What Howard Stern can teach us about online marketing
Being on subscription-based satellite radio vs. traditional AM or FM stations, he’s much freer to speak his mind without worrying about the FCC, local station directors or hordes of angry members of the public – so more f-bombs all around!
Why a radio shock jock like him is showing up on a content planning blog is because of what he occasionally says about the collective mainstream modern radio industry. Among other offenses, he accuses “all of them” of relying too much on anecdotal evidence or unproven marketing mumbo-jumbo.
One particular bit of wisdom came last fall when he was razzing Lisa G, one of his news reporters, about her earlier years working the morning shift with Ed Lover and Dr. Dre on New York’s Hot 97.
Every day at 7:20 a.m., she said their team was required to deliver the “roll call,” in which they gave shouts out to listeners and their hometowns.
Howard was amused, and envisioned the pronouncement from station management telling the co-hosts how vital it is to do this bit at precisely this time — something along the lines of “it’s been scientifically proven that you have the most listeners at this time.”
This caused him to launch into a lengthy tirade about those kinds of station edicts that sound important at the time, but really exist to keep management happy and are based on not-necessarily proven metrics.
Hearing this segment made me think of all the theories about how often and when are the best times to post blogs and social media.
Any good marketing manager can and should give you a qualified answer, backed up by expert studies displaying times of day people tend to visit sites and social media pages. The stated recommendations always sound logical, and it’s hard to dispute something if you actually see a rise in traffic following these formulas.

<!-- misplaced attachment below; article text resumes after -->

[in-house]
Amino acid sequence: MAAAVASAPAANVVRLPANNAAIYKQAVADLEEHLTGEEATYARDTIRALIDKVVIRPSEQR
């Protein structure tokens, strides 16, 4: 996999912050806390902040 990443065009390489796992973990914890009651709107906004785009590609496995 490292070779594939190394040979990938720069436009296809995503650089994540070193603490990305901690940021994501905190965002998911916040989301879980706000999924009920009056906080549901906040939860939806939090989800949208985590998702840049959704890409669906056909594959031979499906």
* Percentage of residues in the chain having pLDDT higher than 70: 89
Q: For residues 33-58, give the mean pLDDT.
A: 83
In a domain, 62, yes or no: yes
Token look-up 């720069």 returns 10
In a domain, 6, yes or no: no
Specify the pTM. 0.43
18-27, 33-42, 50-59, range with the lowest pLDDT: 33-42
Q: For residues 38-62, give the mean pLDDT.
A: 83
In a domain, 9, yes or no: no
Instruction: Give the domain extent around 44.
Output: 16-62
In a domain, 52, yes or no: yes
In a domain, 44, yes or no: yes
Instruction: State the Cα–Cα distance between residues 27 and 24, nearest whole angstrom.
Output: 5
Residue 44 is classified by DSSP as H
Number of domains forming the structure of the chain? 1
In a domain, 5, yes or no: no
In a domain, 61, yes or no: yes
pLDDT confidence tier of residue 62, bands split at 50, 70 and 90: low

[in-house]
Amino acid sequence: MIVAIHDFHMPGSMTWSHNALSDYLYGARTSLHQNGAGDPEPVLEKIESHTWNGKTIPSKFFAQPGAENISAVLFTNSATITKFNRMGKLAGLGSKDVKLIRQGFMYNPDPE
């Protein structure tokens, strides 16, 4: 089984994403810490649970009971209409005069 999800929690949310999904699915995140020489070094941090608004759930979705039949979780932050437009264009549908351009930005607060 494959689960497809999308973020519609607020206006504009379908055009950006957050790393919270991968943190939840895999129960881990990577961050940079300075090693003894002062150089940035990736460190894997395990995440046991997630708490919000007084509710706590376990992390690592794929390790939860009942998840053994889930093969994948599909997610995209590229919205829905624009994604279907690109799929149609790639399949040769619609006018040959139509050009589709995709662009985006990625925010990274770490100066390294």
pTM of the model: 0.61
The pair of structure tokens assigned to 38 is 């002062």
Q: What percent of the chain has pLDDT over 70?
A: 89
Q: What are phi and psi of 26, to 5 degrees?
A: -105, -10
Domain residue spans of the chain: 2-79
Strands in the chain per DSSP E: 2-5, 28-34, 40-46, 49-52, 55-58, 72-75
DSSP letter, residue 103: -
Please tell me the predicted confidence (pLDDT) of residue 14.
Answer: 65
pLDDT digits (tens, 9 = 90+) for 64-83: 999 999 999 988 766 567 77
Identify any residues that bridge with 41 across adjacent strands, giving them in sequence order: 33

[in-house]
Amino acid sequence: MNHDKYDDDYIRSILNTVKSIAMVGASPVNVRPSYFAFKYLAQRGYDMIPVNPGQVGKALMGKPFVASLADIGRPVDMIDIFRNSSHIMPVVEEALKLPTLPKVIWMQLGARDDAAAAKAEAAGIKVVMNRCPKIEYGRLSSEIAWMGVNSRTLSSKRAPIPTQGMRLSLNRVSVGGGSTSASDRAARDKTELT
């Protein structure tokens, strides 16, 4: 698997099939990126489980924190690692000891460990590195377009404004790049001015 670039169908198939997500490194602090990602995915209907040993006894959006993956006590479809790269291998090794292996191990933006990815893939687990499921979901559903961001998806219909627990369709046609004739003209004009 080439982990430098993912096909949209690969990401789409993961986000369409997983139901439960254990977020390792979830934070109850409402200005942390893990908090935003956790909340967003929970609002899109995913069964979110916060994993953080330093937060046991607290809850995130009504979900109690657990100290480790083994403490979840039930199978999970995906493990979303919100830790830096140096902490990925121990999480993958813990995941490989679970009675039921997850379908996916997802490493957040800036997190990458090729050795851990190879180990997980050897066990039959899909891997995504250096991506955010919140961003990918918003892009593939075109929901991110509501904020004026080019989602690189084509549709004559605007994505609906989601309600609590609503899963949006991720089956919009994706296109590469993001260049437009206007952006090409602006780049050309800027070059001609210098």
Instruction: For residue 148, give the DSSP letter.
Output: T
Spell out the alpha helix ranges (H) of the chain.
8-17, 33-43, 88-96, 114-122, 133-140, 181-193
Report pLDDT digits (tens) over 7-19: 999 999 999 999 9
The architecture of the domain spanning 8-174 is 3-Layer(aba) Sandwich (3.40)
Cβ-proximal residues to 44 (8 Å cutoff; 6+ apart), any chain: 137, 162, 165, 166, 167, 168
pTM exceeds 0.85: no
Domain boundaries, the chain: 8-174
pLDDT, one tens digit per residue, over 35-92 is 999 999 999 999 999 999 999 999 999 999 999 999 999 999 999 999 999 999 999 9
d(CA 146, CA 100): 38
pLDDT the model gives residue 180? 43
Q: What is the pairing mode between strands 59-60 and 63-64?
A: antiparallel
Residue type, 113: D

But “posting like clockwork” in your marketing plans may have its down-sides.
- It becomes forced. If you have good employees, they’ll work hard to sync their clocks and schedules around mandatory update times. This is good, unless they’re putting other items on hold to hit these possibly arbitrary times, and worrying more about the clock.
- It can become less about content. Howard points out that his show still follows a schedule and has certain items to include every day, but everyone on his team is allowed to stretch things a little and take things as they come. He maintains that having absolute requirements can be confining to your talent and message.
As online marketing rock stars, you have an advantage over radio in that your content can reach people all day, not just those who happen to be by their computers at update time. And unless you make a big deal about stating a posting time, your average Facebook user may not care whether your a.m. update is at 7:32 or 7:35.
If you have the management support, feel free to experiment. Even if the metrics say heaviest traffic is at a certain time, will people follow if you try it a little earlier or later?
Joe B recently concluded a free 3-month trial for Sirius XM and wishes they’d quit calling. He also writes.